I’ve started my list of thankfuls at least ten times over the last few days, and each time I sit in front of it, it seems…something. Trivial? Wrong? I don’t know. None of those is either true or fair, really. We are not wrong to be thankful for the blessings in our lives, yet many of us find ourselves thinking that somehow we should not be celebrating when so many are hurting. I know I’m not alone in this; a few friends have shared similar feelings. It’s more than OK to go on, to live, to continue putting foot in front of foot as we make our way through each day set before us. And yet, somehow, things like weight losses and spiralized vegetable noodles and replacement mobile phones seem…trivial. Wrong.

I’m dancing dangerously close to the deadline to add my list to the link-up for this week, so unless I’m planning to just opt out because I couldn’t figure myself out, I need to make a little haste here. I would rather get a few short things down and acknowledge them here than give up. Love wins. Goodness wins. I do believe that with all my heart, no matter how much evil floods my news feed. I refuse to believe that there is no good, no joy, no blessing in life. I’m not blind to what’s happening. I’m not ignorant of the problems in the world. I know. We all know.

I also know that light and cool meals made with spiralized veggies are perfect on a hot summer evening.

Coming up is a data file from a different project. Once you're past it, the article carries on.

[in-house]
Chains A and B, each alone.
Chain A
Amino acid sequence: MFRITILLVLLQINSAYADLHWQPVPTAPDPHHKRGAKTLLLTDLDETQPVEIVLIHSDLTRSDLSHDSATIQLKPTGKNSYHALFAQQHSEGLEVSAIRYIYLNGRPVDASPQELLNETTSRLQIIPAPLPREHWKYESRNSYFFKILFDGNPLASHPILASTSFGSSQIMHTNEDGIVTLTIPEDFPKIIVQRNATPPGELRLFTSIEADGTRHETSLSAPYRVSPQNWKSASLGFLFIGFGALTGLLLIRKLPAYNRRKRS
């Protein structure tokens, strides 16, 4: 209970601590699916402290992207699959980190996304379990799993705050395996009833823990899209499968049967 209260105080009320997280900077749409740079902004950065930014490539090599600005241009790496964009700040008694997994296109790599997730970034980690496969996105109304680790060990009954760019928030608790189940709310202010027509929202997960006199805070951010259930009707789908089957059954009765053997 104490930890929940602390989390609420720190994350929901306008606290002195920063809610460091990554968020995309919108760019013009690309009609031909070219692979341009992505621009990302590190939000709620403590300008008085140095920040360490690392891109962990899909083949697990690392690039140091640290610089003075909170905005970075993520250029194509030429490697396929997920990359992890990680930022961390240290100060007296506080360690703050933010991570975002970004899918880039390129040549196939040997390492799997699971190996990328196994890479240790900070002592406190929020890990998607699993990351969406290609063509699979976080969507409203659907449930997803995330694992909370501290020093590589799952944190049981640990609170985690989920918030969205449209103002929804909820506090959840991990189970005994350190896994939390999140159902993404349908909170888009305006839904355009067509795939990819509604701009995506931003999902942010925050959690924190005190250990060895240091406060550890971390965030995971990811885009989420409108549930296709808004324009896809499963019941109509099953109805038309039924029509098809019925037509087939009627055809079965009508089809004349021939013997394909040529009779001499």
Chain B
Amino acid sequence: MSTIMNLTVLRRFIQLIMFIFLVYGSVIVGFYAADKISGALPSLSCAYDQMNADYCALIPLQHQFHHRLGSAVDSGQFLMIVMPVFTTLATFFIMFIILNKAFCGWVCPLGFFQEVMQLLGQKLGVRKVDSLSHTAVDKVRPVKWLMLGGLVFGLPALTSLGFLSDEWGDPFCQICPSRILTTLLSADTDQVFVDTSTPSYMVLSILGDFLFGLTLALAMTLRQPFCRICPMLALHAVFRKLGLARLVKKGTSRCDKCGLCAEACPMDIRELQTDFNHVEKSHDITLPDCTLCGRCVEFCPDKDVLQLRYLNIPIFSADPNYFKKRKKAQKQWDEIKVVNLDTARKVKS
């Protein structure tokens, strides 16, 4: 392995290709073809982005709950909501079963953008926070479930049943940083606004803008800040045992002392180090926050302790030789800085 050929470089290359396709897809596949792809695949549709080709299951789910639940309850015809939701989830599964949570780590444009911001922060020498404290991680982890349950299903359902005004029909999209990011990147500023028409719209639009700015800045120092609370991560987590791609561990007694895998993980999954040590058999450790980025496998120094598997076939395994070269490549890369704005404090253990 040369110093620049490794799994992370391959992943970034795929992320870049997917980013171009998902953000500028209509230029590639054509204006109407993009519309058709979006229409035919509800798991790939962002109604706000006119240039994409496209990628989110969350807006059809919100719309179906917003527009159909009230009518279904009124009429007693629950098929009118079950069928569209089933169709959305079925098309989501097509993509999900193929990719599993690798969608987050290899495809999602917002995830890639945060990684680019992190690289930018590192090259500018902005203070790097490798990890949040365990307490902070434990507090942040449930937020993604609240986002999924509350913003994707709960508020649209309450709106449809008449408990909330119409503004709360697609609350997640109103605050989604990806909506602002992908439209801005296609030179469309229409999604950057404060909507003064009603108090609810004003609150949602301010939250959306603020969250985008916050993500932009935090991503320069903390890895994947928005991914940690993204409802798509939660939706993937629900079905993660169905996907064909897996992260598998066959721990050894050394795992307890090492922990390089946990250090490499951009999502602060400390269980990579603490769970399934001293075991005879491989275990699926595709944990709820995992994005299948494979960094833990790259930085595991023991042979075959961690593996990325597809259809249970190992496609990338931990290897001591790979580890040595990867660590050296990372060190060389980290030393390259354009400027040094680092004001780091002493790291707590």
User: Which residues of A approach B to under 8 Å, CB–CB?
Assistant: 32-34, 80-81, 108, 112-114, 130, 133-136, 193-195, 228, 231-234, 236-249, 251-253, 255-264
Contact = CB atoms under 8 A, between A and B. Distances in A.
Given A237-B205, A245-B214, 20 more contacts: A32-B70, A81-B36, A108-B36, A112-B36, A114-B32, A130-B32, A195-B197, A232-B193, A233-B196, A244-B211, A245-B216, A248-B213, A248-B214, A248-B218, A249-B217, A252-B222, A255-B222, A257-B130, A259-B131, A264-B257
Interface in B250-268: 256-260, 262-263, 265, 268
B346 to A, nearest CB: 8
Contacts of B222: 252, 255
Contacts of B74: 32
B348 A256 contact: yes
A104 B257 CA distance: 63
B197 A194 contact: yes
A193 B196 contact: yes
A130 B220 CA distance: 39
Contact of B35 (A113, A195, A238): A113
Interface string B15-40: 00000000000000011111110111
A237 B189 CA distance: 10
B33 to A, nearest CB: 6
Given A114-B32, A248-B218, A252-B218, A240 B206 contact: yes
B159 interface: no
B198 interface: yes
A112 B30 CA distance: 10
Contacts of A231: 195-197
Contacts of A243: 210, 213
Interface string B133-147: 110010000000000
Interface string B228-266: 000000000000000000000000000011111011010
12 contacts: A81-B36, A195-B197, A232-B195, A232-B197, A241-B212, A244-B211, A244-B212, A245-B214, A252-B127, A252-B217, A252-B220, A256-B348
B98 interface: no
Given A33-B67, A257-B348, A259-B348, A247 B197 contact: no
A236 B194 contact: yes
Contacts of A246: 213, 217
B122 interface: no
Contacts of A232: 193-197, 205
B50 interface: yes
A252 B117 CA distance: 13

I know that reaching any goal is better when you have friends to encourage you.

I know that I am so very glad to have the opportunity right now to live my life in a manner that allows me to spend time with my daughter and my husband and do the work I love from the peace and comfort of my home.

I know that I am glad when we check projects off our to-do list.

I know that I am happy when our Cat One feels better after a bout of his tummy troubles. And I am definitely glad when his tummy troubles don’t land on the new carpet.

I know that losing a cell phone down a composting toilet shaft is definitely not the end of the world, just a relatively minor inconvenience to replace contact info and the phone itself. I do have to admit being very sad for the loss of some very special photos that had not yet been transferred to my computer. That bugged me. But they’re photos, not the actual people in them. Everyone is alive and safe and I know I will always hold those memories in my mind and my heart.